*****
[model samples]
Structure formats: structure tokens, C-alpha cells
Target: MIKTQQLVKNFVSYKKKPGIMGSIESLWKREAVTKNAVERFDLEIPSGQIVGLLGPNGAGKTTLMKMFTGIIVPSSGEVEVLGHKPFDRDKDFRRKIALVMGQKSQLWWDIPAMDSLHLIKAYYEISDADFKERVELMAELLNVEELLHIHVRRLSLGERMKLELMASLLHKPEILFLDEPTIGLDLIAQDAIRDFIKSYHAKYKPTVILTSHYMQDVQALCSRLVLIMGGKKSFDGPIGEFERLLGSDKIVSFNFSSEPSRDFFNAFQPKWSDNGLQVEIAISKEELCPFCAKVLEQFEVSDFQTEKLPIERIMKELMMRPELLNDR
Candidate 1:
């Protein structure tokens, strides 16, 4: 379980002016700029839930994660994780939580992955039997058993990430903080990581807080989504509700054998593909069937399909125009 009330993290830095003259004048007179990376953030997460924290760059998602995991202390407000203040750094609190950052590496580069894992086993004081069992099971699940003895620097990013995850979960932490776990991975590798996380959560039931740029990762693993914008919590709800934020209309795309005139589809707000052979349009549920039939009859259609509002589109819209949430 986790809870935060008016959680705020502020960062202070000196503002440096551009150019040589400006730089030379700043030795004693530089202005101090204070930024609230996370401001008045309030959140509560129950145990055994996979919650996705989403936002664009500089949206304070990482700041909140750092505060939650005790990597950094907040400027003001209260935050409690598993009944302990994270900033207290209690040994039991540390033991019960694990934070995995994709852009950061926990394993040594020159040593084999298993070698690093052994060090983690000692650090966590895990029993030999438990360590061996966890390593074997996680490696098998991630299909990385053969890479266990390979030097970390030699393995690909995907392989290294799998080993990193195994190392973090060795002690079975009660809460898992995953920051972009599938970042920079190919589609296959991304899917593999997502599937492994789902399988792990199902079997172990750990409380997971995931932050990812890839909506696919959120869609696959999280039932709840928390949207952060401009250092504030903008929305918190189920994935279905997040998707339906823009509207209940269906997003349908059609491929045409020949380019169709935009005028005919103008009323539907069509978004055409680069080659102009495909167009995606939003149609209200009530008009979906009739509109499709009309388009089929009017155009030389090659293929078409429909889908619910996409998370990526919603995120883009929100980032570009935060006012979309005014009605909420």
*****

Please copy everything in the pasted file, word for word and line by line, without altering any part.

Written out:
[model samples]
Structure formats: structure tokens, C-alpha cells
Target: MIKTQQLVKNFVSYKKKPGIMGSIESLWKREAVTKNAVERFDLEIPSGQIVGLLGPNGAGKTTLMKMFTGIIVPSSGEVEVLGHKPFDRDKDFRRKIALVMGQKSQLWWDIPAMDSLHLIKAYYEISDADFKERVELMAELLNVEELLHIHVRRLSLGERMKLELMASLLHKPEILFLDEPTIGLDLIAQDAIRDFIKSYHAKYKPTVILTSHYMQDVQALCSRLVLIMGGKKSFDGPIGEFERLLGSDKIVSFNFSSEPSRDFFNAFQPKWSDNGLQVEIAISKEELCPFCAKVLEQFEVSDFQTEKLPIERIMKELMMRPELLNDR
Candidate 1:
């Protein structure tokens, strides 16, 4: 379980002016700029839930994660994780939580992955039997058993990430903080990581807080989504509700054998593909069937399909125009 009330993290830095003259004048007179990376953030997460924290760059998602995991202390407000203040750094609190950052590496580069894992086993004081069992099971699940003895620097990013995850979960932490776990991975590798996380959560039931740029990762693993914008919590709800934020209309795309005139589809707000052979349009549920039939009859259609509002589109819209949430 986790809870935060008016959680705020502020960062202070000196503002440096551009150019040589400006730089030379700043030795004693530089202005101090204070930024609230996370401001008045309030959140509560129950145990055994996979919650996705989403936002664009500089949206304070990482700041909140750092505060939650005790990597950094907040400027003001209260935050409690598993009944302990994270900033207290209690040994039991540390033991019960694990934070995995994709852009950061926990394993040594020159040593084999298993070698690093052994060090983690000692650090966590895990029993030999438990360590061996966890390593074997996680490696098998991630299909990385053969890479266990390979030097970390030699393995690909995907392989290294799998080993990193195994190392973090060795002690079975009660809460898992995953920051972009599938970042920079190919589609296959991304899917593999997502599937492994789902399988792990199902079997172990750990409380997971995931932050990812890839909506696919959120869609696959999280039932709840928390949207952060401009250092504030903008929305918190189920994935279905997040998707339906823009509207209940269906997003349908059609491929045409020949380019169709935009005028005919103008009323539907069509978004055409680069080659102009495909167009995606939003149609209200009530008009979906009739509109499709009309388009089929009017155009030389090659293929078409429909889908619910996409998370990526919603995120883009929100980032570009935060006012979309005014009605909420």